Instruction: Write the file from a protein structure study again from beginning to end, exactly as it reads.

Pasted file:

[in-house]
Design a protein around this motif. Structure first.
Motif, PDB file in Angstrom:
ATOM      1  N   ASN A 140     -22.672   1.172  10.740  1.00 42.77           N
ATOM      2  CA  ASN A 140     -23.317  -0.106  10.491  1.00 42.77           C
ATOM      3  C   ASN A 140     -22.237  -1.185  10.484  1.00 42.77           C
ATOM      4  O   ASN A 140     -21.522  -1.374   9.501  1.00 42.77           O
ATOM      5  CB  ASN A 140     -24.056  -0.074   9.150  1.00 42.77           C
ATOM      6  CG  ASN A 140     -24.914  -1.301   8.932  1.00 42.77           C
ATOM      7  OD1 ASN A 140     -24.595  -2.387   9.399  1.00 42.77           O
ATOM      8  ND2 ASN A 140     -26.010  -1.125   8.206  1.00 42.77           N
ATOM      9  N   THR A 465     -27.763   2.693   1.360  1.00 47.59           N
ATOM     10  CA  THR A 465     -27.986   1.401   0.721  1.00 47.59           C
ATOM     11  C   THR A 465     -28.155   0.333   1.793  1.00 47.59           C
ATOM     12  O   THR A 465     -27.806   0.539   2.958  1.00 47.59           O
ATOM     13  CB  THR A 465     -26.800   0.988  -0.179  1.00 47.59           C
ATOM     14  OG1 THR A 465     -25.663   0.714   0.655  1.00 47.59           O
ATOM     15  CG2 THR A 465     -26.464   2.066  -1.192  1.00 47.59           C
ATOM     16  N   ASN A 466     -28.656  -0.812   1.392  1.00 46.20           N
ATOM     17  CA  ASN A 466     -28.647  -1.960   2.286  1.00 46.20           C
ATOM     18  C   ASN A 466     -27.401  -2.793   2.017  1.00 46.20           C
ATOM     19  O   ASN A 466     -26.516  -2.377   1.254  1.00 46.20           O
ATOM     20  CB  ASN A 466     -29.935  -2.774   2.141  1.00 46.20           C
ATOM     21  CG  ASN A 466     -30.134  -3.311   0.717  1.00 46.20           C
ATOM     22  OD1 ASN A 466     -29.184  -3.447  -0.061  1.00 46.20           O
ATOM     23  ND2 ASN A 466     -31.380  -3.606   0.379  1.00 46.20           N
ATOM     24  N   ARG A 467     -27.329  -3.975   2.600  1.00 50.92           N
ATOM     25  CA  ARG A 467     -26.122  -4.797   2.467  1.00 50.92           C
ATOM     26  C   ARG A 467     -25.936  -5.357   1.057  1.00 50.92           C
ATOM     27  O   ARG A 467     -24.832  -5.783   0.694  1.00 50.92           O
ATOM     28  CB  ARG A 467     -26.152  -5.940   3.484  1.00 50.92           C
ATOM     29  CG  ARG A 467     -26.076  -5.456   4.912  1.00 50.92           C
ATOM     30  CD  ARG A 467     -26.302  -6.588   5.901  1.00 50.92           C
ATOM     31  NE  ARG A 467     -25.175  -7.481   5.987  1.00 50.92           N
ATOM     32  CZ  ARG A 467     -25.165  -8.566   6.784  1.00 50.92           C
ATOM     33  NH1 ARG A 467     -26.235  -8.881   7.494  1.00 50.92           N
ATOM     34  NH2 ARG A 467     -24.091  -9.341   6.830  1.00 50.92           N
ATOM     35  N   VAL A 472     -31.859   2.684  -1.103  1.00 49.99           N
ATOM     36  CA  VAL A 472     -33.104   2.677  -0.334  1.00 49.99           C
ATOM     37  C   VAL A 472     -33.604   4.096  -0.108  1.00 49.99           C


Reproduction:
[in-house]
Design a protein around this motif. Structure first.
Motif, PDB file in Angstrom:
ATOM      1  N   ASN A 140     -22.672   1.172  10.740  1.00 42.77           N
ATOM      2  CA  ASN A 140     -23.317  -0.106  10.491  1.00 42.77           C
ATOM      3  C   ASN A 140     -22.237  -1.185  10.484  1.00 42.77           C
ATOM      4  O   ASN A 140     -21.522  -1.374   9.501  1.00 42.77           O
ATOM      5  CB  ASN A 140     -24.056  -0.074   9.150  1.00 42.77           C
ATOM      6  CG  ASN A 140     -24.914  -1.301   8.932  1.00 42.77           C
ATOM      7  OD1 ASN A 140     -24.595  -2.387   9.399  1.00 42.77           O
ATOM      8  ND2 ASN A 140     -26.010  -1.125   8.206  1.00 42.77           N
ATOM      9  N   THR A 465     -27.763   2.693   1.360  1.00 47.59           N
ATOM     10  CA  THR A 465     -27.986   1.401   0.721  1.00 47.59           C
ATOM     11  C   THR A 465     -28.155   0.333   1.793  1.00 47.59           C
ATOM     12  O   THR A 465     -27.806   0.539   2.958  1.00 47.59           O
ATOM     13  CB  THR A 465     -26.800   0.988  -0.179  1.00 47.59           C
ATOM     14  OG1 THR A 465     -25.663   0.714   0.655  1.00 47.59           O
ATOM     15  CG2 THR A 465     -26.464   2.066  -1.192  1.00 47.59           C
ATOM     16  N   ASN A 466     -28.656  -0.812   1.392  1.00 46.20           N
ATOM     17  CA  ASN A 466     -28.647  -1.960   2.286  1.00 46.20           C
ATOM     18  C   ASN A 466     -27.401  -2.793   2.017  1.00 46.20           C
ATOM     19  O   ASN A 466     -26.516  -2.377   1.254  1.00 46.20           O
ATOM     20  CB  ASN A 466     -29.935  -2.774   2.141  1.00 46.20           C
ATOM     21  CG  ASN A 466     -30.134  -3.311   0.717  1.00 46.20           C
ATOM     22  OD1 ASN A 466     -29.184  -3.447  -0.061  1.00 46.20           O
ATOM     23  ND2 ASN A 466     -31.380  -3.606   0.379  1.00 46.20           N
ATOM     24  N   ARG A 467     -27.329  -3.975   2.600  1.00 50.92           N
ATOM     25  CA  ARG A 467     -26.122  -4.797   2.467  1.00 50.92           C
ATOM     26  C   ARG A 467     -25.936  -5.357   1.057  1.00 50.92           C
ATOM     27  O   ARG A 467     -24.832  -5.783   0.694  1.00 50.92           O
ATOM     28  CB  ARG A 467     -26.152  -5.940   3.484  1.00 50.92           C
ATOM     29  CG  ARG A 467     -26.076  -5.456   4.912  1.00 50.92           C
ATOM     30  CD  ARG A 467     -26.302  -6.588   5.901  1.00 50.92           C
ATOM     31  NE  ARG A 467     -25.175  -7.481   5.987  1.00 50.92           N
ATOM     32  CZ  ARG A 467     -25.165  -8.566   6.784  1.00 50.92           C
ATOM     33  NH1 ARG A 467     -26.235  -8.881   7.494  1.00 50.92           N
ATOM     34  NH2 ARG A 467     -24.091  -9.341   6.830  1.00 50.92           N
ATOM     35  N   VAL A 472     -31.859   2.684  -1.103  1.00 49.99           N
ATOM     36  CA  VAL A 472     -33.104   2.677  -0.334  1.00 49.99           C
ATOM     37  C   VAL A 472     -33.604   4.096  -0.108  1.00 49.99           C